Generalized Tobit Models
As stated in Section 10.1, we can classify Tobit models into five common types according to similarities in the likelihood function. Type 1 is the standard Tobit model, which we have discussed in the preceding sections. In the following sections we shall define and discuss the remaining four types of Tobit models.
It is useful to characterize the likelihood function of each type of model schematically as in Table 10.2, where each yjf j = 1, 2, and 3, is assumed to be distributed as N(Xjfij, aj), and P denotes a probability or a density or a combination thereof. We are to take the product of each P over the observations that belong to a particular category determined by the sign of yx. Thus, in Type 1 (standard Tobit model), P(yx < 0) • P(yx) is an abbreviated notation for П0Р(у* < 0) • nju(yu), where fu is the density of N(x’u0x, <r?). This
Table 10.2 Likelihood functions of the five types of Tobit models
expression can be rewritten as (10.2.5) after dropping the unnecessary subscript 1.
Another way to characterize the five types is by the classification of the three dependent variables that appear in Table 10.3. In each type of model, the sign of yx determines one of the two possible categories for the observations, and a censored variable is observed in one category and unobserved in the other. Note that when yx is labeled C, it plays two roles: the role of the variable the sign of which determines categories and the role of a censored variable.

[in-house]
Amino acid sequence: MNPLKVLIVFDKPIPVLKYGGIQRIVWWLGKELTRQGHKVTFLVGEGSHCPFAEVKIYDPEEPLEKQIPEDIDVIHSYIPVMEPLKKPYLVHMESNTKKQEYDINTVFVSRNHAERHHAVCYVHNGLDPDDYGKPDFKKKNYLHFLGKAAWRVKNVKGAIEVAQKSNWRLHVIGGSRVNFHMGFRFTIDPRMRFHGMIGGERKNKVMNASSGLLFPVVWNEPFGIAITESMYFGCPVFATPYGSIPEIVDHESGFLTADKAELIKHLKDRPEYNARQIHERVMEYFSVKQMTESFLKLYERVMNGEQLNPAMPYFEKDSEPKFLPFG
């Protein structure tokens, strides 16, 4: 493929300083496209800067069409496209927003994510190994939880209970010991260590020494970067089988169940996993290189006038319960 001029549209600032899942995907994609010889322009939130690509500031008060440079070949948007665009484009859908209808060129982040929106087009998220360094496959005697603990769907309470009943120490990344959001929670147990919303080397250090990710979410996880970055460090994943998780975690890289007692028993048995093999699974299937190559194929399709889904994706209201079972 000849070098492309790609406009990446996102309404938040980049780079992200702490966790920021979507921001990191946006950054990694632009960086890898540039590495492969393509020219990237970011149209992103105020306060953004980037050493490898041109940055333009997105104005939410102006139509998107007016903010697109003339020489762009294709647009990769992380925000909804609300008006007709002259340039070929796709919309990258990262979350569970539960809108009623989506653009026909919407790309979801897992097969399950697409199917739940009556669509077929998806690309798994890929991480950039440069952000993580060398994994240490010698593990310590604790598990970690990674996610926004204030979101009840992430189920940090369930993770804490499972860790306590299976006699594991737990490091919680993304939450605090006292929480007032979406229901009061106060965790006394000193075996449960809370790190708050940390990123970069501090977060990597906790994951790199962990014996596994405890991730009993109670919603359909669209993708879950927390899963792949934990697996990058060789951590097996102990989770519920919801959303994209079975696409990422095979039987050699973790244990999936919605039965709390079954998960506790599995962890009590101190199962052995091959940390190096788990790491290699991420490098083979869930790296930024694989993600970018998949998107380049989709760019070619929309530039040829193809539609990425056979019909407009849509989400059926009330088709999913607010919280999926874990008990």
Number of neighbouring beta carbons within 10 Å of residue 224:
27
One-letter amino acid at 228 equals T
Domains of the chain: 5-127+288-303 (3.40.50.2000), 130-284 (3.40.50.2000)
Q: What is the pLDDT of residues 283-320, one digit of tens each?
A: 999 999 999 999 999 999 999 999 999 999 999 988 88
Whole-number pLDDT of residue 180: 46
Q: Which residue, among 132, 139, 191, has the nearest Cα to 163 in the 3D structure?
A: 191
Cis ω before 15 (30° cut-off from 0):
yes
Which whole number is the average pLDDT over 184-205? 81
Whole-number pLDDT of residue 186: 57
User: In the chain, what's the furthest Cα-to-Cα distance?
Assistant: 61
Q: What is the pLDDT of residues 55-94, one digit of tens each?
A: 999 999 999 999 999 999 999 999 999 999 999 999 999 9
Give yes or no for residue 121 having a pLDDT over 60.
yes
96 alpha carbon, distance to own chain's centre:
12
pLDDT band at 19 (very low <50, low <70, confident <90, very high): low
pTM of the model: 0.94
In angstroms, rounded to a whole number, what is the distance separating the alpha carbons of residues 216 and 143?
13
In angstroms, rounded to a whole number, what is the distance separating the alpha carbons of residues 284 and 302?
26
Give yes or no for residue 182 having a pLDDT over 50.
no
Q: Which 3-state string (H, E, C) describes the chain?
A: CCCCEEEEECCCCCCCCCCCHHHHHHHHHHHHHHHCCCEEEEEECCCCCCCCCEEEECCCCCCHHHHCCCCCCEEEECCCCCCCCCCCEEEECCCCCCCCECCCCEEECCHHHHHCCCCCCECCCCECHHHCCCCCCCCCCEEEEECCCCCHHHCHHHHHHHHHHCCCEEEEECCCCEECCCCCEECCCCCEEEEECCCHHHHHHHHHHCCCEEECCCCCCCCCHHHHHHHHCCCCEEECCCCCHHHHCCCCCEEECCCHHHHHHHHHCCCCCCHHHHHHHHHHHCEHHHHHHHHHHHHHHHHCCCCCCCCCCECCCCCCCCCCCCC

We allow for the possibility that there are constraints among the parameters of the model (ftj, aj),j= 1, 2, or 3. For example, constraints will occur if the original model is specified as a simultaneous equations model in terms of yx, y2, and y3. Then the fi’s denote the reduced-form parameters.
We shall not discuss models in which there is more than one binary variable and, hence, models the likelihood function of which consists of more than two components. Such models are computationally more burdensome because they involve double or higher-order integration of joint normal densities. The only exception occurs in Section 10.10.6, which includes models that are
Table 10.3 Characterization of the five types of Tobit models Dependent variables
Type yx y2 y3
1 C — —
2 В C —
3 C C —
4 С С C
5 В С C
Note: C = censored; В = binary.
obvious generalizations of the Type 5 Tobit model. Neither shall we discuss a simultaneous equations Tobit model of Amemiya (1974b). The simplest two – equation case of this model is defined by yu = тах(у, у2, + xufii + Mu,0)and y2l = max (у2Уи + x2iP2 + w2,, 0)> where (uu, u2i) are bivariate normal and у, y2 < 1 must be assumed for the model to be logically consistent.10 A schematic representation of the likelihood function of this two-equation model is
Р(Уі, Уі)‘ Р(Уі < 0> Уз) • Р(Уі < 0, у4) • Р(Уз < 0. Уа < 0) with y’s appropriately defined.